Cantelli - headlining here at Cleo's on The Main - does the fiercest Tina Turner impersonation east of Vegas (Photo by Richard Burnett)
(June 20) When Prince Charles pitstopped at the Black Watch on Montreal's Bleury St. during his December 2009 visit to Canada, local burlesque dancers greeted His Royal Highness with posters that screamed "Save our Queen, Cleopatra!" and "Save the Queen of the Main!"
The Queen of the Main is, of course, Café Cleopatra, the last remnant of Montreal’s mythical red-light district that was slated to be expropriated and bulldozed to make way for new Montreal city council-approved Hydro-Québec offices.
While Café Cleopatra owner Johnny Zoumboulakis challenged the city expropriation in court, the strippers continued to gyrate downstairs. And the drag queens continued to ply their trade upstairs, which has been a showbar since 1895.
"When I first arrived in Montreal, I witnessed some legendary drag queens perform here," Brazilian drag queen Cantelli – who does the fiercest Tina Turner impersonation east of Vegas – told me in a 2009 Hour magazine cover story.
Cantelli follows in the footsteps of such Montreal drag legends as Vicki Lane, Lady Brenda, Vicki Richard, Twilight, Farrah, Black Emmanuel, Gerry Cyr and Michel Dorion. "Just look at this place, at these dressing rooms – it would be terribly sad to see this living history disappear."
Cantelli also told me, "I challenge [Montreal] Mayor Gérald Tremblay and his team to visit Cleo’s on any night he wants and I’ll perform a command performance to show him why Montreal must save Café Cleopatra."
Tremblay never took Cantelli up on her offer but, as my colleague Marty Patriquin reports in the June 20 issue of Maclean's magazine, "That Cleopatra’s sign still advertises strip-teaseuses and spectacles continuels between glimmering lights (along with two stark naked lasses beckoning patrons to come inside) is a testament to Zoumboulakis, who recently fought off a two-year expropriation campaign on behalf of developer Société de développement Angus. Already, SDA has bought out all the businesses (save for an electronics store and a Chinese restaurant) on the west side of what is known as the Lower Main, and plans to turn the area into condos, office towers and an entertainment complex where strippers and drag queens won’t likely be on the marquee."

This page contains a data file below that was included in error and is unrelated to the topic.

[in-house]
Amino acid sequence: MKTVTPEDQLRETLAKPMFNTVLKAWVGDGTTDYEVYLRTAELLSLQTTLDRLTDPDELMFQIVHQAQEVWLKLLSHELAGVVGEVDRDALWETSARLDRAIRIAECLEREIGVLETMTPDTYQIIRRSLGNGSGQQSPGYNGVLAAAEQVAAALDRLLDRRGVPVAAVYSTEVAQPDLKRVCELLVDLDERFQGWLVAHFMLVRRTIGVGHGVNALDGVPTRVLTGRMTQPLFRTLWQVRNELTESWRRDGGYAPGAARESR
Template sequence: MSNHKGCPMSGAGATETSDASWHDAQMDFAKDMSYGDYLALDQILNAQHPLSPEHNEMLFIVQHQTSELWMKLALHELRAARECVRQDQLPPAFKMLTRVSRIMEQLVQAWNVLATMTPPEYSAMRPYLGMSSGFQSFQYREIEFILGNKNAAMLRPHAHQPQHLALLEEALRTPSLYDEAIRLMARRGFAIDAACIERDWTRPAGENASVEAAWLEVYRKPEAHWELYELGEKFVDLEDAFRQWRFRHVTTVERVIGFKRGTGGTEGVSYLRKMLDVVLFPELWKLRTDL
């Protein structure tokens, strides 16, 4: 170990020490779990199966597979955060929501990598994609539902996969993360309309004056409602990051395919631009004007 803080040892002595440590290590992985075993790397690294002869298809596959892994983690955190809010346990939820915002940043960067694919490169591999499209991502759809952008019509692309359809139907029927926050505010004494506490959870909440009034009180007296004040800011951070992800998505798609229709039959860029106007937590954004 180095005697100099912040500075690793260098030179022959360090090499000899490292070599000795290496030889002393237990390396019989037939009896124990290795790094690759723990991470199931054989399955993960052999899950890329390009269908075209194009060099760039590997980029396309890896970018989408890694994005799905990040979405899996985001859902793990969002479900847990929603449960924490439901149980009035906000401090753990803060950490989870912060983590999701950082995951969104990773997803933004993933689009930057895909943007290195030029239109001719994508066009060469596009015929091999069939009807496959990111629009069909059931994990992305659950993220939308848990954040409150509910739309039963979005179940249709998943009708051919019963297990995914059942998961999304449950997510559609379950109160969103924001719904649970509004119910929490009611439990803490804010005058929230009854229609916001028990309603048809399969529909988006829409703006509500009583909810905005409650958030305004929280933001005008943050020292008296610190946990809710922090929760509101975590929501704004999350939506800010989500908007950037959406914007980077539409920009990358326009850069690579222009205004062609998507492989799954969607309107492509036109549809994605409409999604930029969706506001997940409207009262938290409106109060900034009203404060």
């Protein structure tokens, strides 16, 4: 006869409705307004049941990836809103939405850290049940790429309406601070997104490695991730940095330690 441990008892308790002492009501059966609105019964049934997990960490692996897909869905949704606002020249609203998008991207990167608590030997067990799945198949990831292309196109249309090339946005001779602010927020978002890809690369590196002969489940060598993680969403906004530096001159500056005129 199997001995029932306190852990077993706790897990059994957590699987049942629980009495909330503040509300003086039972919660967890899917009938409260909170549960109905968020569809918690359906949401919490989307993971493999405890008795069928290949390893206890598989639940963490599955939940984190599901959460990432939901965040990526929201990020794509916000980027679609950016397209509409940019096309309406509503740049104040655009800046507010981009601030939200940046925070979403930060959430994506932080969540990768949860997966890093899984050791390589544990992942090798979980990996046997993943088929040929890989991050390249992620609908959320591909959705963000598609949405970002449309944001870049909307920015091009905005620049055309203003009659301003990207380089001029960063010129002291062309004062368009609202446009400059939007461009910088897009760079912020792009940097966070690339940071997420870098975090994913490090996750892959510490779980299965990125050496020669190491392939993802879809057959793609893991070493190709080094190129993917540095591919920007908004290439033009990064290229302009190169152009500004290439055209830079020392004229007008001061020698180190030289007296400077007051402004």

|Johnny & Bugs|
It’s clear Cleopatra’s has seen better days, but owner Johnny Zoumboulakis – a fabulous guy who buys me a shot every time I walk into the joint – refused to let Montreal Mayor Gérald Tremblay do to the Main what NYC mayor Rudy Giuliani did to Times Square.
But even by the 1970s, it was already the end of an era. The legendary Casa Loma, a popular hangout for the Montreal mafia that stood on the corner of St-Laurent and Ste-Catherine, was closing. As early as 1959 the Casa Loma presented legendary drag queen Guilda (she’s now 87), who was billed on the marquee, "Guilda & Sa Troupe – La Reine Des Immerdeuses."
Meanwhile, no author has done more to spread the Main’s grimy, no-holds-barred reputation to all four corners of the globe than the late bestselling American spy novelist Trevanian, whose 1976 novel The Main has sold millions worldwide.
"The Main – a honky-tonk world of pimps and hookers, runaways, hustlers and thieves!" the paperback cover screams. "A world where violence and brutality are a way of life – and death."
"It was one of the first underground places I ever went to, and for [drag] extravaganzas it was the place," Montreal pop and drag icon Mado La Motte, whose Cabaret Mado in the Village is now this city’s undisputed drag emporium, told me back in 2009. "Cleo’s is a little quiet today, but it used to be the place to impress your straight friends!"
But now that Johnny Zoumboulakis has won his fight – with the very vocal support of such local groups as Save The Main, STELLA, Glam Glam Productions, Club Sin / Fetish Weekend organizers and such wonderful burlesque performers as Velma Candyass – another generation will get to experience the thrill of what Montreal's old red-light district used to be.